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Sonos Beam

Sonos Beam

5 years after launching the number one selling Playbar, Sonos has evolved the home theater again with a powerful yet affordable voice enabled soundbar.

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The hub of the home

As the Lead UX designer I worked with PM, ID, Dev and Engineering to deliver an exceptional user experience in not only the home theater but in the hub of our home, the living room.

Areas of focus

  • App based setup and configuration

  • Voice control in the Home theater

  • Modular speaker configuration

  • HDMI, CEC and ARC connectivity

  • Touch controls

  • Visual and audio interfaces

  • Wall and surface mounted scenarios



great technology becomes a great experience

They say that the best UX is invisible. That is what we were able to achieve by upgrading our TV connection from Optical to HDMI. While both cables deliver stellar sound HDMI far surpasses optical when it comes to the breadth and depth of data transfer it supports.

HDMI

Two way communication
Audio, Video, Control and ID data transfer
Uncompressed surround audio

Optical

One way communication
Audio transfer only
Compressed surround audio


By understanding the capabilities of HDMI and it’s features interact with televisions we were able to remove 80-100% of the home theater setup steps.

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Ears and mouths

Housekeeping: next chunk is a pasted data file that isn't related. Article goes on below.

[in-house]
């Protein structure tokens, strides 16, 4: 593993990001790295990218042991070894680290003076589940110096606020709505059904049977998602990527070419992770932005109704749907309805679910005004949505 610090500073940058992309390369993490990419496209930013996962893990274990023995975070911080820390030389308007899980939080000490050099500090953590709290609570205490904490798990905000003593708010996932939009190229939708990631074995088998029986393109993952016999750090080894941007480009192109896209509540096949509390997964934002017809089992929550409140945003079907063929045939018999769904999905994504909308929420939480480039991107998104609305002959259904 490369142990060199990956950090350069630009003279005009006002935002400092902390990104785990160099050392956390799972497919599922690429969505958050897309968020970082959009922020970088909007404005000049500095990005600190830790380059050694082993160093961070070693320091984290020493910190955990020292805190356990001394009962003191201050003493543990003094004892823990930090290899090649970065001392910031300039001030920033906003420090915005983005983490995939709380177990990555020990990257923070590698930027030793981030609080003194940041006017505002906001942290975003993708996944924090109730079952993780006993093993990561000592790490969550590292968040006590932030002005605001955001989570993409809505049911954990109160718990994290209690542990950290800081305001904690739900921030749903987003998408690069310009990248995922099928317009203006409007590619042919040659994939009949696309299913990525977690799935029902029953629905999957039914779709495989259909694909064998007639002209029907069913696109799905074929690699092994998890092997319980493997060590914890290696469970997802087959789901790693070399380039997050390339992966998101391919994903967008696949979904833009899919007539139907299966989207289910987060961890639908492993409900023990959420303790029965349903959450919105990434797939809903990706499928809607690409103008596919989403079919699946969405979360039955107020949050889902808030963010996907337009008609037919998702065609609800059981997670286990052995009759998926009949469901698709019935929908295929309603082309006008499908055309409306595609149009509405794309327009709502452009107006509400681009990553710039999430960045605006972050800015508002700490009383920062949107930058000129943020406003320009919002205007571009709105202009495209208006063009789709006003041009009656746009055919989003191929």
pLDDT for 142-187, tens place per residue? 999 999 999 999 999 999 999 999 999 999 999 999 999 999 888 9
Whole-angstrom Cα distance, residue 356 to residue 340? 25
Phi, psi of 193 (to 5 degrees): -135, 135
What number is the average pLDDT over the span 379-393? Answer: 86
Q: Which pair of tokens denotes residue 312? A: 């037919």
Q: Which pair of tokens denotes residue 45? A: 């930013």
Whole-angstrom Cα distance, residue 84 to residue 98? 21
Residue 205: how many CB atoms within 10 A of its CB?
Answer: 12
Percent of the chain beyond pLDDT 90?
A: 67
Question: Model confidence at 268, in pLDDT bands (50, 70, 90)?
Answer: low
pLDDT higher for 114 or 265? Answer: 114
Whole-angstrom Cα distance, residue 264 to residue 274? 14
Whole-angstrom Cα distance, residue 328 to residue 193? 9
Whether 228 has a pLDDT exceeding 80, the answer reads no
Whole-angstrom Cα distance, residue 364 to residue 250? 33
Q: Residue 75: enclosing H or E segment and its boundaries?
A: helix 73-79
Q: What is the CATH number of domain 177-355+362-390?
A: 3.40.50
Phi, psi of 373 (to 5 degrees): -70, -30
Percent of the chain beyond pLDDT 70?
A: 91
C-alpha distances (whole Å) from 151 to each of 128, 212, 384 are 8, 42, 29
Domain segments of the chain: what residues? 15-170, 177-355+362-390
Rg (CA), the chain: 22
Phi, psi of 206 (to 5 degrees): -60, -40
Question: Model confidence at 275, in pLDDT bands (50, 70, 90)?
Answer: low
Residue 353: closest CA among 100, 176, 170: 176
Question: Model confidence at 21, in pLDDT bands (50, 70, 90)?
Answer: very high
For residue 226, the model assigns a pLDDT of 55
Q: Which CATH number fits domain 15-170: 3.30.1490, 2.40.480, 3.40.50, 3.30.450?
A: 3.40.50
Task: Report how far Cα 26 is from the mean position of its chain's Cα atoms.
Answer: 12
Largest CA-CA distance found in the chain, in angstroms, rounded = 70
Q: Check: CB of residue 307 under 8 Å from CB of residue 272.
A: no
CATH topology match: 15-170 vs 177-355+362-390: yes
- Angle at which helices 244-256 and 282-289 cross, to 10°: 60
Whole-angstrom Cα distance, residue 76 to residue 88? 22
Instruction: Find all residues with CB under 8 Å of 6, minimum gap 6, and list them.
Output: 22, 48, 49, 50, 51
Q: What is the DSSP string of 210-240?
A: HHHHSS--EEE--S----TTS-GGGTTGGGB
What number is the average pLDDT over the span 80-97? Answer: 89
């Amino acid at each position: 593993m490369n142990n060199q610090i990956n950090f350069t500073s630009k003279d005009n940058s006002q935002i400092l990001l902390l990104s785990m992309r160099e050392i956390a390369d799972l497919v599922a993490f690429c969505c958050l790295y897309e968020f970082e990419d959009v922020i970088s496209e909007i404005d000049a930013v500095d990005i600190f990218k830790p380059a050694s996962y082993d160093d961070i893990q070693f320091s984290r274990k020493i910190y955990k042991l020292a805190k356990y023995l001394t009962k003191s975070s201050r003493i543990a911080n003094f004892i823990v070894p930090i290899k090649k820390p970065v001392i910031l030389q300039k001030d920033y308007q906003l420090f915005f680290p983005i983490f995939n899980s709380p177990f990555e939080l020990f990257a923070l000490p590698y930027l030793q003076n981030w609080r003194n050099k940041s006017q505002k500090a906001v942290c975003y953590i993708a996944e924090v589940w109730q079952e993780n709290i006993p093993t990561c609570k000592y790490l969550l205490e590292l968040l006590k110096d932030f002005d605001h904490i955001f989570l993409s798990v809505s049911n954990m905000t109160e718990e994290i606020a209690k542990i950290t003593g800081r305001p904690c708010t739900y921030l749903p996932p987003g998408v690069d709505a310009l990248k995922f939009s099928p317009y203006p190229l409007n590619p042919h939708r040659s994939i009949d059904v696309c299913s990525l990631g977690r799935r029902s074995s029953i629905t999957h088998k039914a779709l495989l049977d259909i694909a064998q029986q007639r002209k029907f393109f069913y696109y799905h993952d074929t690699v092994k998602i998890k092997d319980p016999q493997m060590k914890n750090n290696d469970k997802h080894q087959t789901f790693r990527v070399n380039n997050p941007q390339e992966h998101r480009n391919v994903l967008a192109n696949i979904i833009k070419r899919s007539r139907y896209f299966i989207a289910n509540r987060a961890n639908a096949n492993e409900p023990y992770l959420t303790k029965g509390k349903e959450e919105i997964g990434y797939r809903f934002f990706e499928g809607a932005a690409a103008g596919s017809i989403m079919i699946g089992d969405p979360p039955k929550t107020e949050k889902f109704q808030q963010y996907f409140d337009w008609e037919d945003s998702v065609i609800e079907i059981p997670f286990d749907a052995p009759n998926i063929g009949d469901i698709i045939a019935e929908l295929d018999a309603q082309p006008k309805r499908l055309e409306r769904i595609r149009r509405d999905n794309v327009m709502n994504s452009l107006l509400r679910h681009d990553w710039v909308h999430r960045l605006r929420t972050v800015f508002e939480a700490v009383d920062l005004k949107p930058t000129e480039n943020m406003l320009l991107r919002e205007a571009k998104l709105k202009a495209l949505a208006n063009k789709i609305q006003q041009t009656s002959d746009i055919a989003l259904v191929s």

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In the current voice landscape speakers and mics are in the same housing and users see them as one thing. In actuality they could not be more different. Input vs output. In the connected home we see inputs and outputs physically far apart but conceptually close. When multiple ears and mouths are in a single room (home theater) users no longer care whats listening and what is talking, they just want to be heard.

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In order to deliver a great home theater experience we had to forge a trail through the unexplored voice wilderness of Home Theater. We iterated, prototyped and tested a number of solutions for a world yet designed for.


But does it work?

In order to account for the number of variables we were designing for we needed a large number of in lab, in home and beta testers to drill deep into the problems and identify solutions.

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Shipping means details

The 80/20 rule states that the final twenty percent of the work will take eighty percent of the time that is just about right when it comes to shipping Sonos products. The details and corner cases are deep and wide and can upend a project at any point. Successfully launching a product demands close working relationships with many teams and even more people. Working across hardware and software means even more variables and potential for delays.

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